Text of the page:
** Solution:** Given a string of length 2n, we wish to check whether the given string of operations is permissible or not with respect to its functioning on a stack. The only restricted operation is pop whose prior requirement is that the stack should not be empty. So while traversing the string from left to right, prior to any pop the stack shouldn’t be empty, which means the number of S’s is always greater than or equal to that of X’s. Hence the condition is at any stage of processing of the string, the number of push operations (S) should be greater than the number of pop operations (X)

**Problem-21** Suppose there are two singly linked lists which intersect at some point and become a single linked list. The head or start pointers of both the lists are known, but the intersecting node is not known. Also, the number of nodes in each of the lists before they intersect are unknown and both lists may have a different number. List1 may have n nodes before it reaches the intersection point and List2 may have m nodes before it reaches the intersection point where m and n may be m = n,m < n or m > n. Can we find the merging point using stacks?

**Solution:** Yes. For algorithm refer to Linked Lists chapter.

**Problem-22** Finding Spans: Given an array A, the span S[i] of A[i] is the maximum number of consecutive elements A[j] immediately preceding A[i] and such that A[j] < A[i]? Other way of asking: Given an array A of integers, find the maximum of j – i subjected to the constraint of A[i] < A[j].

** Solution:**

This is a very common problem in stock markets to find the peaks. Spans are used in financial analysis (E.g., stock at 52-week high). The span of a stock price on a certain day, i, is the maximum number of consecutive days (up to the current day) the price of the stock has been less than or equal to its price on i.

As an example, let us consider the table and the corresponding spans diagram. In the figure the arrows indicate the length of the spans. Now, let us concentrate on the algorithm for finding the spans. One simple way is, each day, check how many contiguous days have a stock price that is less than the current price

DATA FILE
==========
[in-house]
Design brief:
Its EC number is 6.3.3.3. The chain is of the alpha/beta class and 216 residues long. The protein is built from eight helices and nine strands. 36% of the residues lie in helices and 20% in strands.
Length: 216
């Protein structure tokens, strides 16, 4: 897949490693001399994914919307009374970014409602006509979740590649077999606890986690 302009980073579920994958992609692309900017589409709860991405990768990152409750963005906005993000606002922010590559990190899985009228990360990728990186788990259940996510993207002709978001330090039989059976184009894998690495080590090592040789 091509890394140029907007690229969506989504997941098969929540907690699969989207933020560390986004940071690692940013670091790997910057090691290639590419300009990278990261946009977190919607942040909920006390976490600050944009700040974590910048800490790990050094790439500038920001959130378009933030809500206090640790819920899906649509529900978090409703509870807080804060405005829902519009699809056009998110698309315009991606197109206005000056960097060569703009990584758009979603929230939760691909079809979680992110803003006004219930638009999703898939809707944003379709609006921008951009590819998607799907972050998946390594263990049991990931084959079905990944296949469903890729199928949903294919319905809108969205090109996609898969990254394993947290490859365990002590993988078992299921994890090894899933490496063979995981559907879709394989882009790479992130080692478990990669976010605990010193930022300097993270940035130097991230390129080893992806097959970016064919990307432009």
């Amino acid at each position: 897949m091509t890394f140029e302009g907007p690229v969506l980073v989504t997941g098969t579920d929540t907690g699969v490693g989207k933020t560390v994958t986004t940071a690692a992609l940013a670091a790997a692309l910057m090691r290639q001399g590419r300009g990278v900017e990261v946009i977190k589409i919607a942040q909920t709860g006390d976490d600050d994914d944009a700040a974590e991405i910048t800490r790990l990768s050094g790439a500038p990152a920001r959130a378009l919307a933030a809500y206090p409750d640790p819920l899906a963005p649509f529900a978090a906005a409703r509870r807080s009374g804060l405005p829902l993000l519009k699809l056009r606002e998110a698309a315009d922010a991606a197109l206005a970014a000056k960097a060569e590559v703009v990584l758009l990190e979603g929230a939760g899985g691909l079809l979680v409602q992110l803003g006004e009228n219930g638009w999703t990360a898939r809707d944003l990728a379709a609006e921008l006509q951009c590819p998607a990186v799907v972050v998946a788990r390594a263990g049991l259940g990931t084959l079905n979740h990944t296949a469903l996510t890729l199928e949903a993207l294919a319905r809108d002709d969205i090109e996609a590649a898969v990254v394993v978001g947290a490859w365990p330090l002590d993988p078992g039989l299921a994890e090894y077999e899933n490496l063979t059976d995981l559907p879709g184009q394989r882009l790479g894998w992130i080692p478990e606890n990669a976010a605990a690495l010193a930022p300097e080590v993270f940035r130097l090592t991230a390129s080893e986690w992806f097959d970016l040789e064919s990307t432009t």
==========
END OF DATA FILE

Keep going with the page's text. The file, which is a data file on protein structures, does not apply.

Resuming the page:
` ````
```
Algorithm: FindingSpans(int A[], int n) {
//Input: array A of n integers, Output: array S of spans of A
int i, j, S[n]; //new array of n integers;
n
while (j <= i && A[i]> A[i-j]) 1+2+...+ (n-1)
j=j;+1 1+2+...+ (n-1)
for (i=0; i < n; i++) { n
return S; 1

**Problem-23** Can we improve the complexity of Problem-22?

** Solution:** From the example above, we can see that span S[i] on day i can be easily calculated if we know the closest day preceding i, such that the price is greater on that day than the price on day i. Let us call such a day as P. If such a day exists then the span is now defined as S[i] = i – P

` ````
```
Algorithm: FindingSpans (int A[], int n) { struct Stack *D = CreateStack();
int P;
for (int i=0 i< n; i++) {
while (!IsEmptyStack(D) && A[i]> A[Top(D)]) {
}
return S;
Pop(D);
if(IsEmptyStack(D)) P-1;
else P = Top(D); Si]=i-P; Push(D, i);

Time Complexity: Each index of the array is pushed into the stack exactly once and also popped from the stack at most once. The statements in the while loop are executed at most n times. Even though the algorithm has nested loops, the complexity is O(n) as the inner loop is executing only n times during the course of the algorithm (trace out an example and see how many times the inner loop becomes successful). Space Complexity: O(n) [for stack].